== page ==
Wednesday, October 22, 2008

Charm: offensive

Cary Grant was a charming, elegant actor. This is obvious in most of his performances, and toward the end of his career he was typecast as the elegant, romantic older man. In and of itself, there's nothing wrong with being charming and elegant, but unfortunately, it sometimes makes it more difficult to play certain roles. Our evidence for this is the two Cary Grant movies TCM showed today.

Just look at None But the Lonely Heart. Cary Grant plays a ne'er-do-well Cockney who returns home to run his mother's secondhand furniture store when he finds out that she's terminally ill. Business is really tough, with the result that Grant's character is tempted to join a robbery gang to earn enough money to make ends meet. The story itself isn't bad, but Cary Grant oozes so much class that it's really difficult to find him believable in the role.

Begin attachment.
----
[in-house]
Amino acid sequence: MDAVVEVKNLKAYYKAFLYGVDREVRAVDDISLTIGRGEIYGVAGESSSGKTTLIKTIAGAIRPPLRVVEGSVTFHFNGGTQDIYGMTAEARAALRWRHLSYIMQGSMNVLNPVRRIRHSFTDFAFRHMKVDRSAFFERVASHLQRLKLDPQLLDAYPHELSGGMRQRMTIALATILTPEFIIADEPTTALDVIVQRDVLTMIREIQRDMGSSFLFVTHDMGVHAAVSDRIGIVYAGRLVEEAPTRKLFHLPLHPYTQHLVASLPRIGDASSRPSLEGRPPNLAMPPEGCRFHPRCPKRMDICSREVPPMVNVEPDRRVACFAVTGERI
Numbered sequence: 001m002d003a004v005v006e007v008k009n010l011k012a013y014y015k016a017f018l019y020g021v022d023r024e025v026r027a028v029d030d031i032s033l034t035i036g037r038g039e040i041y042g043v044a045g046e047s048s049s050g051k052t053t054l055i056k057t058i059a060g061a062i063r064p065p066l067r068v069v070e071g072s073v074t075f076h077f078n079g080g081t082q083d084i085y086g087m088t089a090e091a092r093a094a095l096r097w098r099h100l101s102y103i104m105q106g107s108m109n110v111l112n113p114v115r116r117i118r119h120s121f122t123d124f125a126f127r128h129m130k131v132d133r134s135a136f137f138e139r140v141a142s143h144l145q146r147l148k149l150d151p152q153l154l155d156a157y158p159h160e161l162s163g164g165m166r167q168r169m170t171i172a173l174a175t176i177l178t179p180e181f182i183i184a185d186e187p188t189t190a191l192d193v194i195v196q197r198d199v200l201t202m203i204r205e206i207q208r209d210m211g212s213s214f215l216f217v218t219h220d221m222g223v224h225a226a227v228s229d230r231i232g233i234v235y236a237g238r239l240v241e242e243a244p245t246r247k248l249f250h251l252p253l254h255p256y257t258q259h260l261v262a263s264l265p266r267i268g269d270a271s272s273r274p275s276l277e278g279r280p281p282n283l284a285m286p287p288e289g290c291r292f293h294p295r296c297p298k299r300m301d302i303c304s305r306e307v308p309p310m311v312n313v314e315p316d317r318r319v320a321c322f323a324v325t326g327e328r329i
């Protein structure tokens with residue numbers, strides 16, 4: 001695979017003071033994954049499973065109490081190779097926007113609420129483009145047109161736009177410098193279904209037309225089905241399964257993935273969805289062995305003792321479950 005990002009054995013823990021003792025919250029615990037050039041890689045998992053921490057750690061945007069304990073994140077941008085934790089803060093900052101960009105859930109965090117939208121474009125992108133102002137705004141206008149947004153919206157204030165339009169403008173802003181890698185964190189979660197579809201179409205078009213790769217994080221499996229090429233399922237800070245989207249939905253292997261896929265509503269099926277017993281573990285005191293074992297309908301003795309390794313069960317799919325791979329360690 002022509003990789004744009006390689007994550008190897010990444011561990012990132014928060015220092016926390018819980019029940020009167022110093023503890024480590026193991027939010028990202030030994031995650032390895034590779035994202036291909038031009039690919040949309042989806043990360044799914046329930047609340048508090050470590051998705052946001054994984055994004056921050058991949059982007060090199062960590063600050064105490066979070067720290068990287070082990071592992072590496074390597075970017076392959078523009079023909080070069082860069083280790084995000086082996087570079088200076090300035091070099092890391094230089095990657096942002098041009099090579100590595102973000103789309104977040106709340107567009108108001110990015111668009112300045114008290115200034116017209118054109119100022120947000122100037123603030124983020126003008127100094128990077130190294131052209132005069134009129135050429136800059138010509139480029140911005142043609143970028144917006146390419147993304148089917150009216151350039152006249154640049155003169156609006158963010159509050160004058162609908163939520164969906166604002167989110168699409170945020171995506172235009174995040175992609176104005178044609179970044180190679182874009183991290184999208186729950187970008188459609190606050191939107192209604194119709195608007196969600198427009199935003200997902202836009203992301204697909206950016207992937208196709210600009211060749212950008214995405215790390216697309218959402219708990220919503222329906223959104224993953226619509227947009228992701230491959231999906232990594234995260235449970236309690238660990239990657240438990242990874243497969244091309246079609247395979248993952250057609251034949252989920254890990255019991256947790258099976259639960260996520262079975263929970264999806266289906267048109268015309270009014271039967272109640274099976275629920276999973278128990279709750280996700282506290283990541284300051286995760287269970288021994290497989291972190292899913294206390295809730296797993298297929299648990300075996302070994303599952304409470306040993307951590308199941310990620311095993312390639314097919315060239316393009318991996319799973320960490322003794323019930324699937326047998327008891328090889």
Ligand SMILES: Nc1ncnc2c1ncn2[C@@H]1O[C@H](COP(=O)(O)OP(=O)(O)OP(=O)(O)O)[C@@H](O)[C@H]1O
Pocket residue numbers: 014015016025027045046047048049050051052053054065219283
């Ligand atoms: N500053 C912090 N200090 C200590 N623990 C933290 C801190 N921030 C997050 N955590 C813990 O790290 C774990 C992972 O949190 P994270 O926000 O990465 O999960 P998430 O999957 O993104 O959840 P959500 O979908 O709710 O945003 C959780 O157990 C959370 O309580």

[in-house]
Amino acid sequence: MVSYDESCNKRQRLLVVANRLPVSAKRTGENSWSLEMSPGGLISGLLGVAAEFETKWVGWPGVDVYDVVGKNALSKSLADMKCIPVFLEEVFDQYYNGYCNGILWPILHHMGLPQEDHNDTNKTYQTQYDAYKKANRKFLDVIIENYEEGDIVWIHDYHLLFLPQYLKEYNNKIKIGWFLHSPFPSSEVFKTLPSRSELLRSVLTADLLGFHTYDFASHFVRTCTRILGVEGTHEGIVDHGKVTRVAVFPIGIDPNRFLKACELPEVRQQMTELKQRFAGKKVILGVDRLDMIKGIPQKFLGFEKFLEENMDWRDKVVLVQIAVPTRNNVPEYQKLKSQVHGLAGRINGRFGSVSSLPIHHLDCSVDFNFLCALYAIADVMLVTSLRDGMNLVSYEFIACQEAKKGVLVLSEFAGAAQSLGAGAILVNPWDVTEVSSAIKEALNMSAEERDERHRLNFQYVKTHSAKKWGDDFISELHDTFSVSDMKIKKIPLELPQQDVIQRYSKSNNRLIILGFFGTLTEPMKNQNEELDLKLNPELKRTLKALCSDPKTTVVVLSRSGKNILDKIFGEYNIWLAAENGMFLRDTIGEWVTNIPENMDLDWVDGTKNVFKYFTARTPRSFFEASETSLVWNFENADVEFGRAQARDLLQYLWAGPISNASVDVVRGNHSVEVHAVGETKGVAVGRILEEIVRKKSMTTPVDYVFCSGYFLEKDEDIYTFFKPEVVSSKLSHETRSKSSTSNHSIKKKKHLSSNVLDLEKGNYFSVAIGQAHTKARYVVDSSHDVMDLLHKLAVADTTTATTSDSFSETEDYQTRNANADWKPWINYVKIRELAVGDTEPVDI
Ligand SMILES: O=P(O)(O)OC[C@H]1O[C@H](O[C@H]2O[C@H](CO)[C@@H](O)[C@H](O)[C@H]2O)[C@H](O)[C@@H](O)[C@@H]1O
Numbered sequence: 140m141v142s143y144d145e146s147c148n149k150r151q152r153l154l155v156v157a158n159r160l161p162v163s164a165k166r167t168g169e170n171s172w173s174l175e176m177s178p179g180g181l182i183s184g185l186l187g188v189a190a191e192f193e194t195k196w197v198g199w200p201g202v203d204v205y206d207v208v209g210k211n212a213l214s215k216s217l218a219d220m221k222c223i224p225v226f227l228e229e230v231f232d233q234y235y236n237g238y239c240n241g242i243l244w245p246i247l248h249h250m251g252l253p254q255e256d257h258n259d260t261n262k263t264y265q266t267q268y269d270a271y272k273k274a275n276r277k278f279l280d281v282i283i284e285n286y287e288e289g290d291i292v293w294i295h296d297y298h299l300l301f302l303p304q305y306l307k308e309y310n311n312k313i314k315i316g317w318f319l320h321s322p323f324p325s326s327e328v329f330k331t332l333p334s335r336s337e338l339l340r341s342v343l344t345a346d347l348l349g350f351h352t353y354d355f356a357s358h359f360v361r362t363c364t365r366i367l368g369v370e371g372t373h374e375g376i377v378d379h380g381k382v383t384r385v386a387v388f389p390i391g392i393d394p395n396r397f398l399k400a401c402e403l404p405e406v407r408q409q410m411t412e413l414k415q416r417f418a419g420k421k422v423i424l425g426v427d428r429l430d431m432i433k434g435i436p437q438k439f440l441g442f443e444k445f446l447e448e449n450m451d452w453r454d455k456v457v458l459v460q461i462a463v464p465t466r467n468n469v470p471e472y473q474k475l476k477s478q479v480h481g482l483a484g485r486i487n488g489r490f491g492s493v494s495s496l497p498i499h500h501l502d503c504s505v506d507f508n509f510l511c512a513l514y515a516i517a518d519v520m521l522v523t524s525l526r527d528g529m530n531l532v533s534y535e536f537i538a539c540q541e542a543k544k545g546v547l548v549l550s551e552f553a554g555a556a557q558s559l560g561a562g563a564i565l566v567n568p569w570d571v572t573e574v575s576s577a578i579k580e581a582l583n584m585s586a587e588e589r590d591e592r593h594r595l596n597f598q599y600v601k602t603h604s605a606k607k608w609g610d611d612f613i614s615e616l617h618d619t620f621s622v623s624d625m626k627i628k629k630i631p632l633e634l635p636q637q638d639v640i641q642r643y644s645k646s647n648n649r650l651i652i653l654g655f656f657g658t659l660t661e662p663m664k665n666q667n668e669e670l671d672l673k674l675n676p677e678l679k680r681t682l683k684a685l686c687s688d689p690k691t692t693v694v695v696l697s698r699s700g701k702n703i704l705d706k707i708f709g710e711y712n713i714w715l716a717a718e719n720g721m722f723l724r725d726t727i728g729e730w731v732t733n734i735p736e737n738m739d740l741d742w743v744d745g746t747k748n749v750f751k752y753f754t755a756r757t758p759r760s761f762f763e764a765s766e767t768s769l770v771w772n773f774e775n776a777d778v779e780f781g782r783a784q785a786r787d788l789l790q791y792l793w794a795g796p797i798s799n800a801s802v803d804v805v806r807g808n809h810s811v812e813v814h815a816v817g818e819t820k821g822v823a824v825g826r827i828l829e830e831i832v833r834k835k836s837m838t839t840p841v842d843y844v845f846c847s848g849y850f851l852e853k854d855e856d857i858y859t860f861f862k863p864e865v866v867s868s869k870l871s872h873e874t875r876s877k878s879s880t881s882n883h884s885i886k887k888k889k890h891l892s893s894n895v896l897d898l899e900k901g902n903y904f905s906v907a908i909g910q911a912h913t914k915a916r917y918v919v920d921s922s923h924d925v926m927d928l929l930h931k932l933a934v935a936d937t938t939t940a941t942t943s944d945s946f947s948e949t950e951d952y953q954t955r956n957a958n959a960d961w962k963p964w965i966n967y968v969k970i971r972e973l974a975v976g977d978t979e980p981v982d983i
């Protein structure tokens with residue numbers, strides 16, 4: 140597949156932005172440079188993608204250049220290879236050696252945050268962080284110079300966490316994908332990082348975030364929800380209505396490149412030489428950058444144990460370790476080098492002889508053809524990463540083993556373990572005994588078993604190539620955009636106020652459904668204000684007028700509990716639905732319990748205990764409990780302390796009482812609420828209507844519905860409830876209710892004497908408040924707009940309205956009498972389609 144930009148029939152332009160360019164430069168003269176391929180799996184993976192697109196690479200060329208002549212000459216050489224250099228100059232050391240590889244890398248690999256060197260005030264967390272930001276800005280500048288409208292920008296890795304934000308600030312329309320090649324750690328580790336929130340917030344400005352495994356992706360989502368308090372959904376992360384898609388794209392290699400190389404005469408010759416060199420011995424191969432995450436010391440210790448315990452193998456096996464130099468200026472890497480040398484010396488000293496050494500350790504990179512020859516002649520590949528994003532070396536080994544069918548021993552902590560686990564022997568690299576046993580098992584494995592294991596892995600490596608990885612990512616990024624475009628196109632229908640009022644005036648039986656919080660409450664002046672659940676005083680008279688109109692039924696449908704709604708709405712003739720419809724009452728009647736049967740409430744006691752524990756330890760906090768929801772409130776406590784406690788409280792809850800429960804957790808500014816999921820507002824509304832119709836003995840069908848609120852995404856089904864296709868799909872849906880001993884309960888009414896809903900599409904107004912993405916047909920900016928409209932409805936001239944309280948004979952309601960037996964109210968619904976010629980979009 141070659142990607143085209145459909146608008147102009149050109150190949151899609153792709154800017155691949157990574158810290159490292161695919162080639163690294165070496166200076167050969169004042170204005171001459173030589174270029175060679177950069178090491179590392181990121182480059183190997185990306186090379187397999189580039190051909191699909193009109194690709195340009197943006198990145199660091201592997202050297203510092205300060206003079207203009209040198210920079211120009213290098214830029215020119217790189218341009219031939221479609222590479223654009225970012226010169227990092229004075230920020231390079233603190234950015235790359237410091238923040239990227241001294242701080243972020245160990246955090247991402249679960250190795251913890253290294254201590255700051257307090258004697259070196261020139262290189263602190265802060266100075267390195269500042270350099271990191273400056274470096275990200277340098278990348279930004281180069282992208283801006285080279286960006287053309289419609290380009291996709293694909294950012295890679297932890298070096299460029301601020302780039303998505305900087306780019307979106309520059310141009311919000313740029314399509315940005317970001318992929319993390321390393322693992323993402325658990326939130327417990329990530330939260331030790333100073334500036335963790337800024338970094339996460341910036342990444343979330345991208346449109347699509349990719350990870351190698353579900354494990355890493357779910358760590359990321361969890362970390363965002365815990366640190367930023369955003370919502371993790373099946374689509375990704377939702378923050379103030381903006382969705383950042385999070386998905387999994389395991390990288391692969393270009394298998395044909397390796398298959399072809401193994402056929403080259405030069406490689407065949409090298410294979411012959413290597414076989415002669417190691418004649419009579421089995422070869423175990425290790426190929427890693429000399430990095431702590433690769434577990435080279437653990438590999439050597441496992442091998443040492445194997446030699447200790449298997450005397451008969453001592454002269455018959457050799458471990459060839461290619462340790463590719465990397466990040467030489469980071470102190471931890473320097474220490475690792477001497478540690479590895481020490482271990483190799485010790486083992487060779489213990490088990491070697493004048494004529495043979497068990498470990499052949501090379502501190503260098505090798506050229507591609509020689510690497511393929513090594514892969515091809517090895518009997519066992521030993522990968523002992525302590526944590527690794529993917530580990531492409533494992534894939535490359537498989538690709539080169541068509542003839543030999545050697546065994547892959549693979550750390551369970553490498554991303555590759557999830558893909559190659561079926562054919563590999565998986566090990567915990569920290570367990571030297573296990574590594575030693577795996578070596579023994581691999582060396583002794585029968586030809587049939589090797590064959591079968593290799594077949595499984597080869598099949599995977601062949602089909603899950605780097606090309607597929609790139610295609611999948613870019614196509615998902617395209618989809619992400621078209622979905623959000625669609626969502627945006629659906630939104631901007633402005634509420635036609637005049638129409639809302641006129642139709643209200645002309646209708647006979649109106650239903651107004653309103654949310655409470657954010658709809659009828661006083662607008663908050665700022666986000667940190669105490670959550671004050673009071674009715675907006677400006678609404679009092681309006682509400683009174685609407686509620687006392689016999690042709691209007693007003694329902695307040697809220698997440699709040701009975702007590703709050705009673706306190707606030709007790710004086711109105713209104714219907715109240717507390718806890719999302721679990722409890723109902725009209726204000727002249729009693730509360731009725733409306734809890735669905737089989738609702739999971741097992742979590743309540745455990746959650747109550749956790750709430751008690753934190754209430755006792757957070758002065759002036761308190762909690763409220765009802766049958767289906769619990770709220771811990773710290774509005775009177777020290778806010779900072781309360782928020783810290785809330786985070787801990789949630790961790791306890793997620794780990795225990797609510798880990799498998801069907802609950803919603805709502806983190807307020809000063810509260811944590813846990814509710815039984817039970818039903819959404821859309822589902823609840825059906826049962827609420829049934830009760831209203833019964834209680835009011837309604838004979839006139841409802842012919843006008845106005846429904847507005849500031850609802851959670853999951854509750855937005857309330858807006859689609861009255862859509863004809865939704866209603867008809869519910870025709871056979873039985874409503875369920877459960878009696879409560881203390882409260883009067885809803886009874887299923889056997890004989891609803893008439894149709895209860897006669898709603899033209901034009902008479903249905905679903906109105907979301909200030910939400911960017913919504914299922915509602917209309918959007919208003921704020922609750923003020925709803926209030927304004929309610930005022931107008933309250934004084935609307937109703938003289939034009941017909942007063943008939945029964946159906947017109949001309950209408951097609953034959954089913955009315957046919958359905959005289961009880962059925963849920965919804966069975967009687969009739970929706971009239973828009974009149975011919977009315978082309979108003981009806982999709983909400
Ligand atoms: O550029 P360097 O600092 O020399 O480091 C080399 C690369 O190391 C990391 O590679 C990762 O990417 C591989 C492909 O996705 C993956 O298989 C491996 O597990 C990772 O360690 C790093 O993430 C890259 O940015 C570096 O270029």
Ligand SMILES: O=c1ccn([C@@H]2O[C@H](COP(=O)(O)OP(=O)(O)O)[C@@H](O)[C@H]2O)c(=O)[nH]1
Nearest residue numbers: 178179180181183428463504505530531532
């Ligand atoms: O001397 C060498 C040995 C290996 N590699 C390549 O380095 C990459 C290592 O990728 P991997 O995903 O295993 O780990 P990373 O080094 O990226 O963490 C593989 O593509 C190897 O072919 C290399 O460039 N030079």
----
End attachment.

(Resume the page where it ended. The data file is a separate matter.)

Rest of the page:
There's no reason one cannot be both charming, and a bad guy. After all, there are criminals out there who prey on their victims by charming them and by appearing to be something other than what they actually are. Robert Montgomery, another actor whose roles always exuded elegance, played such a bad guy brilliantly in Night Must Fall. Cary Grant played such a man in Alfred Hitchcock's Suspicion, where he plays an idle playboy who mooches off other people's money, especially that of his wife, Joan Fontaine. Eventually, she comes to believe that he's out to murder her for her money. The problem with the movie, however, is that the producers hated the idea of Cary Grant playing a bad guy, and so they forced Alfred Hitchcock to come up with an ending that would have Grant not be a murderer, which comes across as a deus ex machina.

No comments: